Fleas are the bane of every dog owner, regardless of whether your dog is of royal stock or a mutt. Though they lack wings to fly, these dark copper-colored insects have strong hind legs that enable them to jump from one dog to another. Fleas are ectoparasites that scurry along your dog’s skin, where they remain well-concealed by fur. How often you see fleas on your dog depends on his habits, the type of place you live, and the time of the year. Fleas thrive best during spring and summer. Although these ectoparasites only have 30 days to live, they are also capable of hibernation; thus, they hibernate during the cold months and continue their remaining days as soon as the temperature rises again. If you live in tropical areas, then flea infestations can be a year-round problem for you. One female flea alone can produce roughly 50 eggs a day.
Fleas normally gorge on animal blood, they also bite on humans for an occasional snack. Flea bites cause itchiness and inflammation to the host. If left untreated, irritation could lead to life-threatening diseases. So, how do you know if your dog has fleas?
1. Watch out for behavioral changes
Fleas depend upon your dog’s blood for nutrition, but a single flea bite can perturb your dog and causes him to scratch excessively. This is due to the certain compounds present in the flea’s saliva. Therefore, watch out for behavioral changes in your dog. If he has contracted fleas from his friends or from a particular place, he will experience severe itching and scratching. Chewing on certain parts of his body is also an indication that your pet is having a flea infestation.
Bear in mind that frequent scratching could lead to hair loss and crusty lesions, which could lead to a bacterial skin infection or flea allergy dermatitis. Therefore, it is wise to address the problem immediately to avoid complications.
2. Examine your dog for visible fleas and red bumps
Fleas are flat-bodied and dark copper in color but the more blood they ingest, the lighter they appear. These bloodsuckers hate being exposed to light and love to hide in warm, well-protected areas such as your dog’s armpits and inner thighs. They also like to scurry along your dog’s belly, groin area, tail, and rear.
You need to turn your dog onto his back to examine these unexposed areas. Chances are, your dog’s skin and belly will appear red and bumpy due to flea bites and excessive scratching. Flea bites are actually smaller than a mosquito bite, but some dogs are hypersensitive and exhibit a stronger reaction to the flea’s saliva; hence, causing larger red bumps. You may also notice some red bumps on your skin as well, which could be the result of flea bites.
Although fleas are relatively easy to find, they are quite impossible to catch as these insects are quite nimble and could easily jump from your dog to you.
3. Use a flea comb
On the other hand, it is hardly possible to check a fluffy dog for actual fleas. A good rule of thumb is to use a flea comb. A flea comb is a metal comb with a set of closely set fine teeth, which are designed to filter fleas and flea dirt that are hiding underneath your dog’s coat. Make a habit of running the comb along your dog’s back and underbelly using enough pressure so the comb comes in direct contact with your pet’s skin; thus, ensuring a greater chance of pulling out parasites.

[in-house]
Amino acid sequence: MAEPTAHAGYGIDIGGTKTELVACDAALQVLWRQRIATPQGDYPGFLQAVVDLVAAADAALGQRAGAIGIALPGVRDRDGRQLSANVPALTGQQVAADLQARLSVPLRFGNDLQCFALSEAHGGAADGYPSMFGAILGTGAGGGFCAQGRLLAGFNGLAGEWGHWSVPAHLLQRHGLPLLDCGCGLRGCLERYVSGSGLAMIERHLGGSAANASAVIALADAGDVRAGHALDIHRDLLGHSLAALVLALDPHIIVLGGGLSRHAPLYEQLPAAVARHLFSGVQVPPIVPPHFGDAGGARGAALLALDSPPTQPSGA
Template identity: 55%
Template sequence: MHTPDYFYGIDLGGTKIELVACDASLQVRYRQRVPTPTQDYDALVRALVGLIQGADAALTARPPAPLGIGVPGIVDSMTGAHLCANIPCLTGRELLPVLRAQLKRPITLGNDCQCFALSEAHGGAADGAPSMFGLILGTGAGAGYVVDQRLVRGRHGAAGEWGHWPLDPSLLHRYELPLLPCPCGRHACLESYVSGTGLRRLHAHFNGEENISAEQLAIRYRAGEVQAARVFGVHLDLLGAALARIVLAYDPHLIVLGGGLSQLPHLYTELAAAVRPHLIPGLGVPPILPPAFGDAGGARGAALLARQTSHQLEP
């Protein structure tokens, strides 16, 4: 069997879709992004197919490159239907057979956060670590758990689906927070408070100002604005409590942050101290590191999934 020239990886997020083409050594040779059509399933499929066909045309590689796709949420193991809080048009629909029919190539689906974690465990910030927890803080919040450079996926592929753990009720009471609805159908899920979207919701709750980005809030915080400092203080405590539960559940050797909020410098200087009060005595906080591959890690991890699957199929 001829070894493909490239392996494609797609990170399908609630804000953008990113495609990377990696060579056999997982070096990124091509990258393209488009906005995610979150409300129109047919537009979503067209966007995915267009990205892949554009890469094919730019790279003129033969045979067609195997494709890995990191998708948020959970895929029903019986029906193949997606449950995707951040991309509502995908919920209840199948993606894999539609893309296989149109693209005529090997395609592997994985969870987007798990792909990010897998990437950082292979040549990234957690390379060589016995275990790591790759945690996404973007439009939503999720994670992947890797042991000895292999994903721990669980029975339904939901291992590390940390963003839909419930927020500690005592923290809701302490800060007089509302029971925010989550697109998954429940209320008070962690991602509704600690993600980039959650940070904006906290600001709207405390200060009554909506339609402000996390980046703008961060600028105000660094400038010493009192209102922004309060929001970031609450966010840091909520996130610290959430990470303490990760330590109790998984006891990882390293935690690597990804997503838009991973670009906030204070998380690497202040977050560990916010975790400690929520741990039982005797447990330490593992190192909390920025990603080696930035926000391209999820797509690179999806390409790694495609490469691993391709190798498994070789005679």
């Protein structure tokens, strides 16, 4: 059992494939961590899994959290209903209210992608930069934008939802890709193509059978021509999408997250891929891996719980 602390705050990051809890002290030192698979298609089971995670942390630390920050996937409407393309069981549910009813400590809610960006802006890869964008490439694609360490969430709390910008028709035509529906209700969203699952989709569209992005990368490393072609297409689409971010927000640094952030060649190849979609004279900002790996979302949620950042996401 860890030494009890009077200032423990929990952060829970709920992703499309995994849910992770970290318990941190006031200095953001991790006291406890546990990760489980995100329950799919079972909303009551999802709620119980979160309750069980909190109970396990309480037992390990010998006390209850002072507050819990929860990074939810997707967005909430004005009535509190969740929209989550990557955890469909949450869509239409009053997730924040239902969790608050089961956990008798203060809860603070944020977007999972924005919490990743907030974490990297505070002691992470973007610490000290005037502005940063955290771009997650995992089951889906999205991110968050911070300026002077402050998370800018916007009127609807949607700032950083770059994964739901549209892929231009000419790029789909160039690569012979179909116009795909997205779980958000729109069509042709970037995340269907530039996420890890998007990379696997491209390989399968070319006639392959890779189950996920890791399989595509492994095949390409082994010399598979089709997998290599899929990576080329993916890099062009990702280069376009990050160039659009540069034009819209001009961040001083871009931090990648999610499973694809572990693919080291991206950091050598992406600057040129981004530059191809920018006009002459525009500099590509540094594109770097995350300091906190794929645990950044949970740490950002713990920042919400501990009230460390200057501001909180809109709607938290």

Inspect the flea comb for fleas and flea dirt after each stroke. Prepare a small bowl of sudsy water to submerge any fleas you may pull up to ensure they won’t hop back onto your pet.
Flea combs are readily available from local pet stores or from veterinarians.
4. Perform a white paper towel test
Another way to tell if your dog has fleas is by doing a white paper towel test. You may also use a white cloth. Dampen your dog’s hair and rub the paper towel against it. If you see flea dirt on the paper towel, chances are, fleas are already taking residence on your pet.
Flea dirt looks similar to dirt. To tell their difference, lay the black specks onto a dry, white paper towel and sprinkle it with water. If the specks turn reddish brown, then you are seeing dried blood that a flea has ingested and then excreted out of its body. Otherwise, it is just dirt.
Also, check your dog’s bed for flea dirt. Wipe your dog’s bed using a damp paper towel. If the black pepper specks also turn red, then the specks are flea droppings as well.
5. Check your dog’s gums
Pale gums are an indication of anemia due to blood loss. Look into your dog’s mouth and see if his gums are still pink. Fatigue, lethargy, and low body temperature are also symptoms of anemia. Know that anemia caused by flea bites can be dangerous in puppies and small breeds.
Fleas multiply fast and hence, you need to eradicate every single flea regardless of its life stage. Submerge your dog’s bed covers and toys in hot water to kill flea eggs. Fleas are also good at hiding in the fibers of your carpet. Thus, vacuum your furniture and floors. Make sure you throw away the bag when you’re done vacuuming. Likewise, spritz an anti-flea spray all over your newly vacuumed furniture. You also need to perform general cleaning outside your house. It is best to fog your home, especially when the infestation is severe.
Knowing what to do next to prevent a flea outbreak can be difficult. That is why it is crucial that you seek your veterinarian’s advice as soon as you find positive signs of a flea assault. Your veterinarian will prescribe you effective and pet-friendly treatment options to eliminate existing fleas on your dog. This includes shampoos, powders, collars, and spot-on treatments, among others.